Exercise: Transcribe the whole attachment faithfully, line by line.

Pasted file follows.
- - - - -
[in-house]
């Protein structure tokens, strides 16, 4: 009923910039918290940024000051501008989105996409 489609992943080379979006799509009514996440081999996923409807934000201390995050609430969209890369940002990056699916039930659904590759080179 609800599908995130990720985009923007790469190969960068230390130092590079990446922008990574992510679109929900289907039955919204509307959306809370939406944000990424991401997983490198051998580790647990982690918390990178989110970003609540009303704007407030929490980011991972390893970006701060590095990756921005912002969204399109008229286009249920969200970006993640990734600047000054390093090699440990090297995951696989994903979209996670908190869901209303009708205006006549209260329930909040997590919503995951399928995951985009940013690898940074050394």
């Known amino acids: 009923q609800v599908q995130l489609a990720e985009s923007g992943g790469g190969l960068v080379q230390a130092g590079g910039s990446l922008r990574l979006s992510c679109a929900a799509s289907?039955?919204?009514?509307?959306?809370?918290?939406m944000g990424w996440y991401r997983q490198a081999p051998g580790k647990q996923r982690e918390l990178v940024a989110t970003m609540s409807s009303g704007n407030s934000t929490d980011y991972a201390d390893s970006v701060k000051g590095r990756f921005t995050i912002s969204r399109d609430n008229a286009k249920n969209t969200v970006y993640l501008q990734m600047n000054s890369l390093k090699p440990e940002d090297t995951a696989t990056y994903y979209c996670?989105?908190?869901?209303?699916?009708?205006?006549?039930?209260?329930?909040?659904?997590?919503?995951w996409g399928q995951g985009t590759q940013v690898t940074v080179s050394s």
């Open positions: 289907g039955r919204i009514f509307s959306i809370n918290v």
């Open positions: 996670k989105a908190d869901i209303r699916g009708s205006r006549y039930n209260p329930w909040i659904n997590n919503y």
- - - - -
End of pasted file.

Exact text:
[in-house]
């Protein structure tokens, strides 16, 4: 009923910039918290940024000051501008989105996409 489609992943080379979006799509009514996440081999996923409807934000201390995050609430969209890369940002990056699916039930659904590759080179 609800599908995130990720985009923007790469190969960068230390130092590079990446922008990574992510679109929900289907039955919204509307959306809370939406944000990424991401997983490198051998580790647990982690918390990178989110970003609540009303704007407030929490980011991972390893970006701060590095990756921005912002969204399109008229286009249920969200970006993640990734600047000054390093090699440990090297995951696989994903979209996670908190869901209303009708205006006549209260329930909040997590919503995951399928995951985009940013690898940074050394």
């Known amino acids: 009923q609800v599908q995130l489609a990720e985009s923007g992943g790469g190969l960068v080379q230390a130092g590079g910039s990446l922008r990574l979006s992510c679109a929900a799509s289907?039955?919204?009514?509307?959306?809370?918290?939406m944000g990424w996440y991401r997983q490198a081999p051998g580790k647990q996923r982690e918390l990178v940024a989110t970003m609540s409807s009303g704007n407030s934000t929490d980011y991972a201390d390893s970006v701060k000051g590095r990756f921005t995050i912002s969204r399109d609430n008229a286009k249920n969209t969200v970006y993640l501008q990734m600047n000054s890369l390093k090699p440990e940002d090297t995951a696989t990056y994903y979209c996670?989105?908190?869901?209303?699916?009708?205006?006549?039930?209260?329930?909040?659904?997590?919503?995951w996409g399928q995951g985009t590759q940013v690898t940074v080179s050394s």
């Open positions: 289907g039955r919204i009514f509307s959306i809370n918290v």
């Open positions: 996670k989105a908190d869901i209303r699916g009708s205006r006549y039930n209260p329930w909040i659904n997590n919503y």